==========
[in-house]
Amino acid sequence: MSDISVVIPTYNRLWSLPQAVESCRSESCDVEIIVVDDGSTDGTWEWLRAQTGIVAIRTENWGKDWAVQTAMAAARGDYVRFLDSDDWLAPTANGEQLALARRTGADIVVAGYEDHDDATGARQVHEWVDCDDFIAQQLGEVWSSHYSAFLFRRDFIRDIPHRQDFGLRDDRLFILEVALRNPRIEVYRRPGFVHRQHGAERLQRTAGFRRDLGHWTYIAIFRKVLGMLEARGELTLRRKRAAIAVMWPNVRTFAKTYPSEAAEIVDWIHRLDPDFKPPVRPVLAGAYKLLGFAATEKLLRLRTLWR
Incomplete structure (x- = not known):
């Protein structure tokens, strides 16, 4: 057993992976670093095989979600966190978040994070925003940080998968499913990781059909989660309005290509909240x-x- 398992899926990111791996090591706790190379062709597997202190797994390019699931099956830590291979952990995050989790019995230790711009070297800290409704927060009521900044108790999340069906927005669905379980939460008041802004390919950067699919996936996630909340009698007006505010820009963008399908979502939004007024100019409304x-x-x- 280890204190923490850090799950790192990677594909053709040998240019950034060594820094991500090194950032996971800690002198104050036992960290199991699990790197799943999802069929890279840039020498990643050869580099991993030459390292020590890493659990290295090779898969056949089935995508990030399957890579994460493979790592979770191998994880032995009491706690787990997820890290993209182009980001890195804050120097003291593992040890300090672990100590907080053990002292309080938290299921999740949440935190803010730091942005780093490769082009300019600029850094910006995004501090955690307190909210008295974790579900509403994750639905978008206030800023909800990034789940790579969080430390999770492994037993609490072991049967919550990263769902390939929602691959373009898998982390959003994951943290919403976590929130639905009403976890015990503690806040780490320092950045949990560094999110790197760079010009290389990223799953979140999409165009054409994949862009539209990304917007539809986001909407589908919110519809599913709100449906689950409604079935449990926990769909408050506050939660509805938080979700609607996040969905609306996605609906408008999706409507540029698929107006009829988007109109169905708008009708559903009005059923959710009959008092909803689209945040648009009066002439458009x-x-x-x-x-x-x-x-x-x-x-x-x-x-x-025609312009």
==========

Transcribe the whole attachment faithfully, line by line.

[in-house]
Amino acid sequence: MSDISVVIPTYNRLWSLPQAVESCRSESCDVEIIVVDDGSTDGTWEWLRAQTGIVAIRTENWGKDWAVQTAMAAARGDYVRFLDSDDWLAPTANGEQLALARRTGADIVVAGYEDHDDATGARQVHEWVDCDDFIAQQLGEVWSSHYSAFLFRRDFIRDIPHRQDFGLRDDRLFILEVALRNPRIEVYRRPGFVHRQHGAERLQRTAGFRRDLGHWTYIAIFRKVLGMLEARGELTLRRKRAAIAVMWPNVRTFAKTYPSEAAEIVDWIHRLDPDFKPPVRPVLAGAYKLLGFAATEKLLRLRTLWR
Incomplete structure (x- = not known):
């Protein structure tokens, strides 16, 4: 057993992976670093095989979600966190978040994070925003940080998968499913990781059909989660309005290509909240x-x- 398992899926990111791996090591706790190379062709597997202190797994390019699931099956830590291979952990995050989790019995230790711009070297800290409704927060009521900044108790999340069906927005669905379980939460008041802004390919950067699919996936996630909340009698007006505010820009963008399908979502939004007024100019409304x-x-x- 280890204190923490850090799950790192990677594909053709040998240019950034060594820094991500090194950032996971800690002198104050036992960290199991699990790197799943999802069929890279840039020498990643050869580099991993030459390292020590890493659990290295090779898969056949089935995508990030399957890579994460493979790592979770191998994880032995009491706690787990997820890290993209182009980001890195804050120097003291593992040890300090672990100590907080053990002292309080938290299921999740949440935190803010730091942005780093490769082009300019600029850094910006995004501090955690307190909210008295974790579900509403994750639905978008206030800023909800990034789940790579969080430390999770492994037993609490072991049967919550990263769902390939929602691959373009898998982390959003994951943290919403976590929130639905009403976890015990503690806040780490320092950045949990560094999110790197760079010009290389990223799953979140999409165009054409994949862009539209990304917007539809986001909407589908919110519809599913709100449906689950409604079935449990926990769909408050506050939660509805938080979700609607996040969905609306996605609906408008999706409507540029698929107006009829988007109109169905708008009708559903009005059923959710009959008092909803689209945040648009009066002439458009x-x-x-x-x-x-x-x-x-x-x-x-x-x-x-025609312009």